But I am asking still to let down the walls.
The love of God is deeper than anything we can imagine, but we won’t experience it if we leave “the good parts” out of our relationship with him.
You have looked deep into my heart, LORD, and you know all about me. You know when I am resting or when I am working, and from heaven you discover my thoughts. You notice everything I do and everywhere I go. Before I even speak a word, you know what I will say, and with your powerful arm you protect me from every side.
Psalm 139:1-5 CEV
We can overcome our fear of going deeper with God when we realize that God already knows the deep parts of our hearts and he still sent Jesus on our behalf. He knows us better than we know ourselves, so we can feel secure about sharing our deepest thoughts with him.
What am I leaving out of my relationship with God?
When we feel detached, we sometimes need help identifying the things we don’t want to feel. The Bible gives us some insights into the things we will likely bury deep in our hearts, where others can’t see them. As uncomfortable or vulnerable as these things are to admit, our relationship with God will get closer and more satisfying when we are honest about them.
Warning: For those of us who tend to avoid our emotions, this list might feel overwhelming. We don’t have to look for each one of these feelings in our hearts all at once; instead, we can try picking one or two of the things in this list that resonate with us most.
One time, after they had finished their meal in the house of the LORD at Shiloh, Hannah got up. She was deeply distressed, and she cried bitterly as she prayed to the LORD.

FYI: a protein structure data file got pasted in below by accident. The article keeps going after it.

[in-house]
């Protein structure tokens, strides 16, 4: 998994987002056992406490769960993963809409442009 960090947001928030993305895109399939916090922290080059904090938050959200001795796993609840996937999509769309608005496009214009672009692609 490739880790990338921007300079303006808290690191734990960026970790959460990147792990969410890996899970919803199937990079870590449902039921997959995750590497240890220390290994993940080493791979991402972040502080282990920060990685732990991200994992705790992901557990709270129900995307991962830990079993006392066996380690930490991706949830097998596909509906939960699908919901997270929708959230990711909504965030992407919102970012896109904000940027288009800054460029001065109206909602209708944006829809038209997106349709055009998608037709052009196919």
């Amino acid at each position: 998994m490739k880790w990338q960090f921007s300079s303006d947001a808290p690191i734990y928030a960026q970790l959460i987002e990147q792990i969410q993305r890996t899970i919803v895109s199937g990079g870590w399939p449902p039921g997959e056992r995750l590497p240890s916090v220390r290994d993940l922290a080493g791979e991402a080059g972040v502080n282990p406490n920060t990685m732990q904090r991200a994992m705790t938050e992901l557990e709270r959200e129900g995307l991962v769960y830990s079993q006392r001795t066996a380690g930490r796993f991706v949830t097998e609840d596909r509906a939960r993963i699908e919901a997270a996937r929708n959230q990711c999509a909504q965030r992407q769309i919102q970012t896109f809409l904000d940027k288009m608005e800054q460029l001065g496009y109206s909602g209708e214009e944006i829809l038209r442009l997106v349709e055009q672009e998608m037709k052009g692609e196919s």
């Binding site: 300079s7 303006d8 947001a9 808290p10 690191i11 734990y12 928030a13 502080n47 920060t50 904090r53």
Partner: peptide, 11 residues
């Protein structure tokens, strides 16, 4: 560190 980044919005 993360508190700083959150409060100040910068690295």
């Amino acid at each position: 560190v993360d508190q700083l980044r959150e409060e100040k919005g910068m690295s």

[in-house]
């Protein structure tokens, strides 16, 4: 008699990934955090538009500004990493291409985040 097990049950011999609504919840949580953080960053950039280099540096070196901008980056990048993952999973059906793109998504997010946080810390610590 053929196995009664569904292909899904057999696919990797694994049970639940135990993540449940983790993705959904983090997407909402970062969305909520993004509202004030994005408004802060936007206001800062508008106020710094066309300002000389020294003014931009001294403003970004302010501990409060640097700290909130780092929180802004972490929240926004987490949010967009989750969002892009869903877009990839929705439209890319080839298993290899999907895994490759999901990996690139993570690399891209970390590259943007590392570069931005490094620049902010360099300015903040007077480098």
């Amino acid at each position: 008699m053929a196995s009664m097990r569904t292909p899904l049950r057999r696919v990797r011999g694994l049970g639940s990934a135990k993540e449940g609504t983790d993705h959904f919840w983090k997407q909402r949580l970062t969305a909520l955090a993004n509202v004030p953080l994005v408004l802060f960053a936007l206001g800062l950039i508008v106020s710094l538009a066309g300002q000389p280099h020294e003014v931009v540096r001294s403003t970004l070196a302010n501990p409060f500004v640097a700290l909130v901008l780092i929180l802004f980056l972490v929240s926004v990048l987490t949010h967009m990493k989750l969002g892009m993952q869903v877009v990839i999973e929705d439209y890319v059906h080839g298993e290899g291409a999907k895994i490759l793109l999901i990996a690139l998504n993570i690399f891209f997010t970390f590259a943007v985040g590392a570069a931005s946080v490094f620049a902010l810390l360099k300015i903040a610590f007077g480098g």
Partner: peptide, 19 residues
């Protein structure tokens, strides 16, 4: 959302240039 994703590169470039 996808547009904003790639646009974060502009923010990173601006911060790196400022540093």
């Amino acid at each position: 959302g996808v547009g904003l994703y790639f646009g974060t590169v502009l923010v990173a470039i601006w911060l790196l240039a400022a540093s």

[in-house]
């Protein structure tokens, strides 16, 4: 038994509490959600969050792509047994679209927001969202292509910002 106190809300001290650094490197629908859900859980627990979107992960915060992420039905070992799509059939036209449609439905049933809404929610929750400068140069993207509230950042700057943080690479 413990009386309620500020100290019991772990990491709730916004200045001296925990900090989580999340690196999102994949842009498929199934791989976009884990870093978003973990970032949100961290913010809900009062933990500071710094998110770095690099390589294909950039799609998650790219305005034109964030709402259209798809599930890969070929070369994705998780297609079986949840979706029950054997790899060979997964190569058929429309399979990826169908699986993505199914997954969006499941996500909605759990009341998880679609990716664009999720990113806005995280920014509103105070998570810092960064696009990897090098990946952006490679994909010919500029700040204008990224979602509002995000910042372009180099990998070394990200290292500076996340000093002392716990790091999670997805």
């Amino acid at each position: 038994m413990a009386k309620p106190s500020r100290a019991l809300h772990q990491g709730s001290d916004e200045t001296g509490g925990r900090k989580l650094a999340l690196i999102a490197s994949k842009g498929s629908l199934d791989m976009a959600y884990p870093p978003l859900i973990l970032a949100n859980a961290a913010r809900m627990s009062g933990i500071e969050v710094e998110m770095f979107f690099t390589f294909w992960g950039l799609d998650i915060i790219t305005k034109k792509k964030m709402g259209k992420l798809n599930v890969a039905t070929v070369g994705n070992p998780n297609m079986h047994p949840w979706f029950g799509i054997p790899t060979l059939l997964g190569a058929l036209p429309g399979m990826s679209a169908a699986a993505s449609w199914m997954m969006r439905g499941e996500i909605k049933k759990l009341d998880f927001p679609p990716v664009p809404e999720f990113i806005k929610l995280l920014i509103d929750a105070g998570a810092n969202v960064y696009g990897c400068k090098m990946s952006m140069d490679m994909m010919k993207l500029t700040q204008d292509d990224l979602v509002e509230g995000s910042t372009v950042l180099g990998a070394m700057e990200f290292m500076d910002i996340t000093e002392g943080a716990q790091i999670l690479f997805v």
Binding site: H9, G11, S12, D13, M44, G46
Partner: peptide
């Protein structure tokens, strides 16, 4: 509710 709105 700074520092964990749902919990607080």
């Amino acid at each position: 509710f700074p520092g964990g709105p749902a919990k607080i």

1 Samuel 1:9-10 GNT
2. Doubts about God’s love
“Just look at this fellow! He didn’t depend on God for his safety. He put his trust in all his wealth. He grew strong by destroying others!”  But I am like a healthy olive tree. My roots are deep in the house of God. I trust in your faithful love for ever and ever.
Psalm 52:7-8 NIrV
3. Competitiveness, envy, and selfish ambition
My enemies cannot speak a truthful word. Their deepest desire is to destroy others. Their talk is foul, like the stench from an open grave. Their tongues are filled with flattery.
Psalm 5:9 NLT
4. Anger and bitterness
 The Spirit then lifted me up and took me away, and I went in bitterness and in the anger of my spirit, with the strong hand of the LORD on me.  I came to the exiles who lived at Tel Aviv near the Kebar River. And there, where they were living, I sat among them for seven days-deeply distressed.
Ezekiel 3:14-15 NIV
Then He said to them, “My soul is deeply grieved, to the point of death; remain here and keep watch with Me.”
Matthew 26:38 NASB
So I am ready to give up; I am in deep despair.  I remember the days gone by; I think about all that you have done, I bring to mind all your deeds.  I lift up my hands to you in prayer; like dry ground my soul is thirsty for you.  Answer me now, LORD! I have lost all hope. Don’t hide yourself from me, or I will be among those who go down to the world of the dead.  Remind me each morning of your constant love, for I put my trust in you. My prayers go up to you; show me the way I should go.
Psalm 143:4-8 GNT
7. Guilt and shame
God, give me mercy from your fountain of forgiveness! I know your abundant love is enough to wash away my guilt. Because your compassion is so great, take away this shameful guilt of sin. Forgive the full extent of my rebellious ways, and erase this deep stain on my conscience.
Psalm 51:1-2 TPT
8. Temptations and desires